Scope & Content Note
The Frederick Rudolph Papers span all of Rudolph's adult life, from his undergraduate days at Williams, through his military service in World War II and life as a Williams academic, and into his retirement. The collection is especially strong on material from the 1960s and 1970s. Rudolph's scholarship has been concerned, in his words, with "the career of humanistic values and traditions in the United States as revealed in the life and history of educational institutions, particularly higher education." As the unofficial college historian, and very involved participant in the college community, his Papers hold interest for any Williams researcher tracing the changing nature of the college, its people and its place in higher education.
The collection is organized into eight series: I. Undergraduate Papers, II. Army Papers, III. Personal Correspondence, IV. Speeches and Writings, V. Course Material, VI. Fraternity Files, VII. Coeducation Papers, and VIII. Subject Files. Wherever possible, Rudolph's original filing structure was retained; therefore some material may be found in multiple places (e.g., F.R. filed some fraternity correspondence in personal correspondence folders, some in Sigma Phi folders, and some in the Standing Committee folders). Thus, researchers are encouraged to search the entire collection, as one particular series may not exhaust all material on a particular topic.
Series I. Undergraduate Papers. This series is divided into two sub-series: A. Williams College Correspondence and B. Academic Work. In addition, the general Scrapbook Collection houses F.R.'s scrapbook of programs, pamphlets, clippings, photographs, and correspondence documenting the activities of F.R. and the Class of 1942 during their undergraduate years at Williams. It includes material regarding athletics, social and cultural life, World War II, faculty, student groups, F.R.'s editing of the Record, etc.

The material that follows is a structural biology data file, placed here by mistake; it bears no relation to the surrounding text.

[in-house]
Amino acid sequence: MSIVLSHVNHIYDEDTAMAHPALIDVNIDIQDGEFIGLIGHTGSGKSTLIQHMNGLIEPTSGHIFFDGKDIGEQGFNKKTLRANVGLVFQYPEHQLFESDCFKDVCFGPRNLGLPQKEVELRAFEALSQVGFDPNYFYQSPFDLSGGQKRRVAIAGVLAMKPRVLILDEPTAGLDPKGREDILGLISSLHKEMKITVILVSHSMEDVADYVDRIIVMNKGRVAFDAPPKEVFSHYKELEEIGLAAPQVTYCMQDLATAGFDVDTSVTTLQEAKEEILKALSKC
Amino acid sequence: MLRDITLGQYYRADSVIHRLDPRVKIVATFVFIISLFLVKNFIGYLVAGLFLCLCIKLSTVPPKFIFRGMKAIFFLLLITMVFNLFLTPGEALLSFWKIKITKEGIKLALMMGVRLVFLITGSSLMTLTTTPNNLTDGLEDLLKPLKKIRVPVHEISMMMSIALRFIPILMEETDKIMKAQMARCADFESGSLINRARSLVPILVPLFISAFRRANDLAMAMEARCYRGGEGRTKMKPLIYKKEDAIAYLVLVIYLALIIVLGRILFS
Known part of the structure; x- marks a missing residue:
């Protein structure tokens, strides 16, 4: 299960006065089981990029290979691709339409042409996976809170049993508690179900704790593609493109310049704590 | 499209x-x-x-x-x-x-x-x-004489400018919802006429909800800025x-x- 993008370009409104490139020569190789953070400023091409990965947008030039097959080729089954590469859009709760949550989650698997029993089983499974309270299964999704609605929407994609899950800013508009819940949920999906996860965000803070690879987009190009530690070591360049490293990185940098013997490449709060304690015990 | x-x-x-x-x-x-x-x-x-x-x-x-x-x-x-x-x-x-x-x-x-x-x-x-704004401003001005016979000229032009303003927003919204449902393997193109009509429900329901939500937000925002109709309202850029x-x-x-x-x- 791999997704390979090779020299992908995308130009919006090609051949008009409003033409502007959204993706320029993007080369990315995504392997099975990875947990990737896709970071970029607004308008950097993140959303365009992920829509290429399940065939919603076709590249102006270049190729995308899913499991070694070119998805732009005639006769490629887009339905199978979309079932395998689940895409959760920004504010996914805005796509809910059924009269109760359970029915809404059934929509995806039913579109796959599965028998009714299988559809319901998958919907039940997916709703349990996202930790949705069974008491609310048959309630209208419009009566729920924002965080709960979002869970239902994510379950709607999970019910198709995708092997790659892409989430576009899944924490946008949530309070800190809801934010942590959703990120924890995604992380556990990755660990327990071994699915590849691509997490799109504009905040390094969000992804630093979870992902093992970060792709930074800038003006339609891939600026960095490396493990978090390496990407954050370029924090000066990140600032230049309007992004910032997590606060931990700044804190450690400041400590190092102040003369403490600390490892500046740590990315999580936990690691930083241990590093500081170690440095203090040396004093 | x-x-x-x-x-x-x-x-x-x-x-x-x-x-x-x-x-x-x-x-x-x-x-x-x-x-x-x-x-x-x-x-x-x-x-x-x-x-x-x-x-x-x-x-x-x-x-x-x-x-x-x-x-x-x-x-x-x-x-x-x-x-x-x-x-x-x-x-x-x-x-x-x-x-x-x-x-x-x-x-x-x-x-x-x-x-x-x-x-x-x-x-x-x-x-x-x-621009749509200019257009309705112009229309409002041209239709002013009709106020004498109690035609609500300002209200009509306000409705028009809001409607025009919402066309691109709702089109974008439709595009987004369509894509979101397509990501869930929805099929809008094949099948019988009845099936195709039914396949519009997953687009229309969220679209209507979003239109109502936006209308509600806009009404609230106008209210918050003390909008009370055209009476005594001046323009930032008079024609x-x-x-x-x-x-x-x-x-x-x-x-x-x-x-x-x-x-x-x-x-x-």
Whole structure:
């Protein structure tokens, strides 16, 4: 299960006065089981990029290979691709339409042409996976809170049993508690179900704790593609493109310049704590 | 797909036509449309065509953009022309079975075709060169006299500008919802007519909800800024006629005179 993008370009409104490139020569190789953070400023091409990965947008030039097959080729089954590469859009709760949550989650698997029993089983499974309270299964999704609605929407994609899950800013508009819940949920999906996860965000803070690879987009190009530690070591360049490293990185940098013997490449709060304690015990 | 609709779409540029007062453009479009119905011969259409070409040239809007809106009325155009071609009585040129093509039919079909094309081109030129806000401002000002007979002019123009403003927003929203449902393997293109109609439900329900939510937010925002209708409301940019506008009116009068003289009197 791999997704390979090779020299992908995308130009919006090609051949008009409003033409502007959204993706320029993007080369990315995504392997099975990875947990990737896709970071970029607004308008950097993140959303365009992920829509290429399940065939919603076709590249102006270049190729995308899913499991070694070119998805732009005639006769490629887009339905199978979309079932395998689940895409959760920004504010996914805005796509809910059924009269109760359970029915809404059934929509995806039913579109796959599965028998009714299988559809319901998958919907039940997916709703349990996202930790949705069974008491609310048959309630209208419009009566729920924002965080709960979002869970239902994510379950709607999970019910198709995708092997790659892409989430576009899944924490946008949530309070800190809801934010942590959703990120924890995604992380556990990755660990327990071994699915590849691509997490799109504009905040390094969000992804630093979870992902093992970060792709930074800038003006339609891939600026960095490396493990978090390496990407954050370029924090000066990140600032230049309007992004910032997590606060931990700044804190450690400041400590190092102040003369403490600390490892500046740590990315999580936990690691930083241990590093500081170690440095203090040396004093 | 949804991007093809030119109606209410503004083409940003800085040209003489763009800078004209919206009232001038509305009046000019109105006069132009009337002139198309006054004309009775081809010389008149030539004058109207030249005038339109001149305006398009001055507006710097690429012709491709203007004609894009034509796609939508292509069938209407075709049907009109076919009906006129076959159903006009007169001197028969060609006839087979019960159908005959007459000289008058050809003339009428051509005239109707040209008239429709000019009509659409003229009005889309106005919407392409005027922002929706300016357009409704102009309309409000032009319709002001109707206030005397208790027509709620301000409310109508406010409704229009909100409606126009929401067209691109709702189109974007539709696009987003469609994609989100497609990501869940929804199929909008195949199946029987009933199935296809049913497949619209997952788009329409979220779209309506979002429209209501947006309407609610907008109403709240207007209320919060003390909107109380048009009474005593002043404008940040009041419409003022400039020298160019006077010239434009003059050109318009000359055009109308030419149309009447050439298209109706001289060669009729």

A. Williams College Correspondence. Rudolph donated this portion of the Papers in July 1992. It was originally processed by Trinity Hurlbut in August 1993 (Acc. No. 1992-013). At that time, correspondence was removed from envelopes and flattened. (A sampling of envelopes was retained and is located at the end of the sub-series. Remaining envelopes were discarded.) The Williams College Correspondence contains Rudolph's letters, primarily to his parents, dealing with his adjustment to college life, fraternity rushing, his roommate, classes, and the possibility of the United States entering the war. These letters are organized chronologically.
B. Academic Work. Rudolph donated this portion in 1991. It consists of bound collections of papers written for American History and Life (his major) and English Composition courses, and loose papers from graduate school. (N.B. The undergraduate papers have comments from professors Charlie Keller and Luther Mansfield, both of whom later became his colleagues and correspondence partners.)
Series II. Army Papers. Rudolph donated this portion of the Papers in July 1992. It was originally processed by Trinity Hurlbut in August 1993 (Acc. No 1992-013). This series is divided into three sub-series: A. Correspondence from F.R., B. Correspondence to F.R. and C. History.
A. Correspondence from F.R. The majority of these letters from Rudolph are written to his parents. They are primarily concerned with his life in the army and with the war.
B. Correspondence to F.R. The letters written to Rudolph are broken into three groups: from his parents, from people at Williams, and from fellow Williams alumni in the service. His parents' letters, organized chronologically, are primarily concerned with goings on at home, and with Rudolph's well-being. Letters from students and faculty at Williams are primarily concerned with Williams events and with the war effort. Letters from fellow Williams alumni in the service deal primarily with the war and life in the service. Letters in these last groups are filed alphabetically by author.